At this point, I guess I need to create a plan and schedule. And probably some writing ideas for this piece that I’ll need to work on for the next month.

Thanks for reading. It’s time to publish this beast so I can keep with the schedule of one post per day for the boot camp.

30-Day Writer's Boot Camp, Uncategorized

Writer’s Boot Camp: Day 1

For those of you who haven’t read the previous post, I’m beginning a 30-day writer’s boot camp. Each day for the next 30 days will have some form of writing from me regarding this boot camp. I’m a little nervous, but I’m putting myself out there anyway.

Girl writes in a notebook on a wooden desk with a cup of coffee and laptop

Day 1: My Dream Writing Life

The directions for this day say that a supposed to describe my dream writing life.

My dream writing life is being able to work anywhere, but I picture myself at a Starbucks with a notebook and computer in front of me. I’m sipping on an iced chai tea latte and pondering how best to write the next sentence. The writing flows smoothly, there’s no hesitation, and I have many breakthroughs.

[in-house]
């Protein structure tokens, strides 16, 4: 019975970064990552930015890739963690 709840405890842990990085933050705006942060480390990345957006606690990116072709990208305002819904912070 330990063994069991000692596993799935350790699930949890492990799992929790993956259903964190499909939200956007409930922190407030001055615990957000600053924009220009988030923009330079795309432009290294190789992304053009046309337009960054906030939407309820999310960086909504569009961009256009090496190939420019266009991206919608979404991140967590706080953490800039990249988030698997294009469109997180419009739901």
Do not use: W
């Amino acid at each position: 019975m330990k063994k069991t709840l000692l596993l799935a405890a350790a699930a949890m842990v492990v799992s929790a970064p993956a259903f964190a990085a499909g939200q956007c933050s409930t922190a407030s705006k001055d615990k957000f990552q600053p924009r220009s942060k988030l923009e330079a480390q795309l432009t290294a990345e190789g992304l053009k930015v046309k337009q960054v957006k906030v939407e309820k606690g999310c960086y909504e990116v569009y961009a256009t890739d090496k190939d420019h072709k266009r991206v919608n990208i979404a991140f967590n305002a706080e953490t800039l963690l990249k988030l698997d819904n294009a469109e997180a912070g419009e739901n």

I have two successful blogs, one for health and the other for education, both of which I’m able to make money from. I have two young adult novels another my belt. The third is a trilogy based on vampires. No Twilight, I promise.


It’s Been Too Long

It’s been a long time since I’ve published anything to this blog. I recently purchased a couple of books to get me back into writing: Writer’s Boot Camp by Rachel Federman (which I can’t seem to find online anymore) and Complete the Story which you can find at Barnes and Noble. The goal is to immerse myself in writing for the next 30 days and post it here.